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Hot Topic Blog - Parenting



PARENTING AND STRESS

By Fawne Hansen of Vancouver, BC, Canada

July 2014



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Parenting and stress go together like peanut butter and jelly. You just can’t have one without the other. Parenting stress begins with pregnancy (or even earlier for people with reproductive challenges) and continues indefinitely. Two of the biggest fallacies out there are that:

 

1. You can achieve stress-free parenting, or

2. The stress of raising a child will somehow end when the child reaches a certain age.

 

Neither is true, but countless parents end up running in circles trying to achieve the unachievable and actually creating more stress for themselves in the process. Instead, parents should look at how to best manage the stress inherent in the role that they have taken on. There are several techniques that any parent can use to reduce stress and increase the enjoyment of parenting.

 

Establish Support Systems

 

Establishing a support system early can lay a foundation for parents in the years to come. This is an essential step that applies to every parent or parent-to-be regardless of marital status, employment status, or socio-economic status. Every parent will need help at some point, and it pays to have a system in place before you need it. Parents receive the greatest amount of offers for help in pregnancy. Make sure to acknowledge everyone who volunteers, and keep a record of specific offers. You may not need someone to bring dinner over or walk the dog right now, but these simple favors can be life-savers later on. Be sure to let people know you intend to “take them up” on their generous offers, and follow through with that.

 

Don’t just wait around for people to make offers either. Be proactive in seeking out the help you need. Look beyond friends and family; there are several professional organizations that can provide support in a variety of ways. For example, lactation specialists can help new mothers navigate common breastfeeding issues. Having a knowledgeable and willing source of information and support reduces stress and increases the chances of successful nursing. As the child grows, other sources of support can be found in schools, parenting groups, and places of worship. Remember that you are not the first person to attempt this parenting thing, and the help you need is out there!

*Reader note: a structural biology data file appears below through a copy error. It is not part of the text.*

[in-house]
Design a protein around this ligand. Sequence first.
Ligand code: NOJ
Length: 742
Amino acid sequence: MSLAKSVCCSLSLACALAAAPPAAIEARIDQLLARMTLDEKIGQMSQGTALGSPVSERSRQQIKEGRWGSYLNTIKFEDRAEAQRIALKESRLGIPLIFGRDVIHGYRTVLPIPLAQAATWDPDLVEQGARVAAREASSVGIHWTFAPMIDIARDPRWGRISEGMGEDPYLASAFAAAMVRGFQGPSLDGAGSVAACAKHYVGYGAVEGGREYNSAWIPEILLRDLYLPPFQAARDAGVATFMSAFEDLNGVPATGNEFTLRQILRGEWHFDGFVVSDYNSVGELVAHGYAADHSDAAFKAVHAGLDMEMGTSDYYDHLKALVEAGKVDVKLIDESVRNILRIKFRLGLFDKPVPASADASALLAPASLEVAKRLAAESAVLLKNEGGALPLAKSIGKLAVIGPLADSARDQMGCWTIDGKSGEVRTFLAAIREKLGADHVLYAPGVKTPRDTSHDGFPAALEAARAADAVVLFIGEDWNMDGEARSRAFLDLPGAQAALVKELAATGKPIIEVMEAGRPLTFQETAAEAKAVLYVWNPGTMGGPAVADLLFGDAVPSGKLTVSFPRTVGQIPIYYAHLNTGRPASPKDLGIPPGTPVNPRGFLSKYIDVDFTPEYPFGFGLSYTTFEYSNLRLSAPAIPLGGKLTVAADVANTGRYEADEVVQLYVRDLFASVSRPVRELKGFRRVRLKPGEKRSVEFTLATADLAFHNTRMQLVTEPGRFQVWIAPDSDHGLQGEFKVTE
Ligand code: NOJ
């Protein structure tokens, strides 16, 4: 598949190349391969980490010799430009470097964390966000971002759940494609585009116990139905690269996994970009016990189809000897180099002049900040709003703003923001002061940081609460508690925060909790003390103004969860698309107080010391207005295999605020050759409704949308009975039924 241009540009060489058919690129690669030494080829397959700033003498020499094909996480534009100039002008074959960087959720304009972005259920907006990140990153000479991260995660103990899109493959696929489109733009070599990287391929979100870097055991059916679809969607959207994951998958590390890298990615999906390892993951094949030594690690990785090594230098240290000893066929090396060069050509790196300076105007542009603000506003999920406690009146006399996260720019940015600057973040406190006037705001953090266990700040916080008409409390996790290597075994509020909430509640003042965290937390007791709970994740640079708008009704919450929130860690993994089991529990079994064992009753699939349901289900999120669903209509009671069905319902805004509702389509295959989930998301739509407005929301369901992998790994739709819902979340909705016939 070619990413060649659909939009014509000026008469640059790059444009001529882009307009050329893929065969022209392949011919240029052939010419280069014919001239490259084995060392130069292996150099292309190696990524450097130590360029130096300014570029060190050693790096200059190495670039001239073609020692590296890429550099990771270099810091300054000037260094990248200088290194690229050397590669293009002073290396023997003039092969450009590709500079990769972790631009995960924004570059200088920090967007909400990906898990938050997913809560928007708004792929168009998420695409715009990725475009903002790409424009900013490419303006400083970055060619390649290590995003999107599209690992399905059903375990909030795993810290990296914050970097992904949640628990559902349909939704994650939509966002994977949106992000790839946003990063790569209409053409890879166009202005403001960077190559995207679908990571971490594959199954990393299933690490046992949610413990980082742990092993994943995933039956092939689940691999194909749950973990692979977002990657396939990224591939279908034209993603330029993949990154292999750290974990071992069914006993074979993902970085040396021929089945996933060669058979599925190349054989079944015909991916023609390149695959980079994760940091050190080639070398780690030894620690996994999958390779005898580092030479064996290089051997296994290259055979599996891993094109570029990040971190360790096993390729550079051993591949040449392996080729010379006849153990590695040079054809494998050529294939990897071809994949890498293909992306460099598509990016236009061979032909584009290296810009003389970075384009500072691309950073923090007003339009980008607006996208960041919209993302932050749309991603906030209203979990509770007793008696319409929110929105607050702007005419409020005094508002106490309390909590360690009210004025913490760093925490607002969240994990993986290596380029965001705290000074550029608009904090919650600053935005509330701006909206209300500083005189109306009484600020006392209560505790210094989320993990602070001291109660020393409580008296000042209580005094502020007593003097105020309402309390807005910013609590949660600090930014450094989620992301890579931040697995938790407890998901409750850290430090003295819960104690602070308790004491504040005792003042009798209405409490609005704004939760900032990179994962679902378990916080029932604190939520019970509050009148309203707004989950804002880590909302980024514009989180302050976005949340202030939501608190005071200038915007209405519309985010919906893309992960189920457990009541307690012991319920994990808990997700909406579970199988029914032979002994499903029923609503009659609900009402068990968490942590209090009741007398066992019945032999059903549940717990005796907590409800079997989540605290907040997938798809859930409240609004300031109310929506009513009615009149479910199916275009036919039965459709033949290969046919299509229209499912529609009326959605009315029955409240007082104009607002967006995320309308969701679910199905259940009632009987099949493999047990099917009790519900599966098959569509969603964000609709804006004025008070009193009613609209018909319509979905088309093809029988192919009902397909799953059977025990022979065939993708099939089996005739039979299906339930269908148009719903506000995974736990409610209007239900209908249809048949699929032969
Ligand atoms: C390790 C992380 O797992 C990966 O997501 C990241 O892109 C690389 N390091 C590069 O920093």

Take the Time to Do Fun Things

 

One of the best parts of being a parent is getting to have fun with your kids. Unfortunately, this message sometimes gets lost in the high-stakes competition of academic achievement and extracurricular activities. Not everything you do with your child has to be resume-worthy! Simply spending time with them, running around at a park or doing something around the house can be just as valuable.

 

Kids who are accustomed to doing enjoyable things with their parents will also talk to them more about their lives, fears, and challenges. Having this open line of communication is a major source of stress relief because parents won’t need to guess what’s going on with their children. Listen to what your kids say without judgment, and present your advice or input in a non-threatening way to keep the communication going.

 

Happy memories of no-pressure fun times also act as buffers when stressful times inevitably come around. Try a variety of activities until you find something that everyone enjoys. Forcing the fun is as bad as not having any fun at all.

 

Consider Some Professional Help

 

Sometimes, despite your best efforts, there will be stressful times that are just too trying for you to deal with on your own. Parents of children with physical or mental health issues can experience an inordinate amount of added stress. Sudden lifestyle changes, like a death or unexpected unemployment, can also send stress levels “off the charts.” It is important to recognize when you are feeling overwhelmed and take action.

 

Seek out and avail yourself of the services of a licensed counselor, psychologist, or psychiatrist. Don’t fall victim to any imagined stigma. It is not a failure on your part to get professional help; rather, it is the mark of a caring and competent parent. Professionals can provide tools for coping and resources for continuing support. Addressing behavioral problems or parenting challenges with their help is an effective way to handle parenting stress.

 

About the Author

 

Fawne Hansen is an author and wellness coach who specializes in helping others heal from stress and adrenal fatigue. You can follow her through her blog or Facebook page. To learn more about the science of and dealing with stress, see Fawne’s article entitled Stress 101: Causes, Symptoms, & Coping Strategies.